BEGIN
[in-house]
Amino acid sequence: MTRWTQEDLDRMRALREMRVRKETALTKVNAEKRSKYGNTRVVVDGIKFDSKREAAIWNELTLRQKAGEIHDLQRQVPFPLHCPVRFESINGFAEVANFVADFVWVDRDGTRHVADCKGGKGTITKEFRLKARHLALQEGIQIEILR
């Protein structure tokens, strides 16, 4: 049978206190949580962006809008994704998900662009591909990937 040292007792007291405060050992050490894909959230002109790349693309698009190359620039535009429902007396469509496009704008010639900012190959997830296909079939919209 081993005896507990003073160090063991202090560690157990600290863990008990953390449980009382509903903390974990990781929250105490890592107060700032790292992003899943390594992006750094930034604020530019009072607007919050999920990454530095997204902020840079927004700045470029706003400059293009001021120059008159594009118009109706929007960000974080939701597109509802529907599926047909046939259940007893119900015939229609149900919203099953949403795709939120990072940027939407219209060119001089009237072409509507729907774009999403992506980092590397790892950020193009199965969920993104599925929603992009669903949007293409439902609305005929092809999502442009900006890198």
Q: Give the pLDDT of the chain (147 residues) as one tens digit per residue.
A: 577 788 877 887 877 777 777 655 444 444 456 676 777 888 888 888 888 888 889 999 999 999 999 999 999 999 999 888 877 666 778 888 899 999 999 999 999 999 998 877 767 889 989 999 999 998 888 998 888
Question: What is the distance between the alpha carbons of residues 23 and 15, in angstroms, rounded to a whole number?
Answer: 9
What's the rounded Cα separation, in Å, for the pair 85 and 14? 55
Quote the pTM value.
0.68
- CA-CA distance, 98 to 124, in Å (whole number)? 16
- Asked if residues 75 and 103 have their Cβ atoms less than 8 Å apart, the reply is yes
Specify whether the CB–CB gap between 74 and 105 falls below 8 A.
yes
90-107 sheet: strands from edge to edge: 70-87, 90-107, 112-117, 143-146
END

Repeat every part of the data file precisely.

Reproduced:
[in-house]
Amino acid sequence: MTRWTQEDLDRMRALREMRVRKETALTKVNAEKRSKYGNTRVVVDGIKFDSKREAAIWNELTLRQKAGEIHDLQRQVPFPLHCPVRFESINGFAEVANFVADFVWVDRDGTRHVADCKGGKGTITKEFRLKARHLALQEGIQIEILR
């Protein structure tokens, strides 16, 4: 049978206190949580962006809008994704998900662009591909990937 040292007792007291405060050992050490894909959230002109790349693309698009190359620039535009429902007396469509496009704008010639900012190959997830296909079939919209 081993005896507990003073160090063991202090560690157990600290863990008990953390449980009382509903903390974990990781929250105490890592107060700032790292992003899943390594992006750094930034604020530019009072607007919050999920990454530095997204902020840079927004700045470029706003400059293009001021120059008159594009118009109706929007960000974080939701597109509802529907599926047909046939259940007893119900015939229609149900919203099953949403795709939120990072940027939407219209060119001089009237072409509507729907774009999403992506980092590397790892950020193009199965969920993104599925929603992009669903949007293409439902609305005929092809999502442009900006890198």
Q: Give the pLDDT of the chain (147 residues) as one tens digit per residue.
A: 577 788 877 887 877 777 777 655 444 444 456 676 777 888 888 888 888 888 889 999 999 999 999 999 999 999 999 888 877 666 778 888 899 999 999 999 999 999 998 877 767 889 989 999 999 998 888 998 888
Question: What is the distance between the alpha carbons of residues 23 and 15, in angstroms, rounded to a whole number?
Answer: 9
What's the rounded Cα separation, in Å, for the pair 85 and 14? 55
Quote the pTM value.
0.68
- CA-CA distance, 98 to 124, in Å (whole number)? 16
- Asked if residues 75 and 103 have their Cβ atoms less than 8 Å apart, the reply is yes
Specify whether the CB–CB gap between 74 and 105 falls below 8 A.
yes
90-107 sheet: strands from edge to edge: 70-87, 90-107, 112-117, 143-146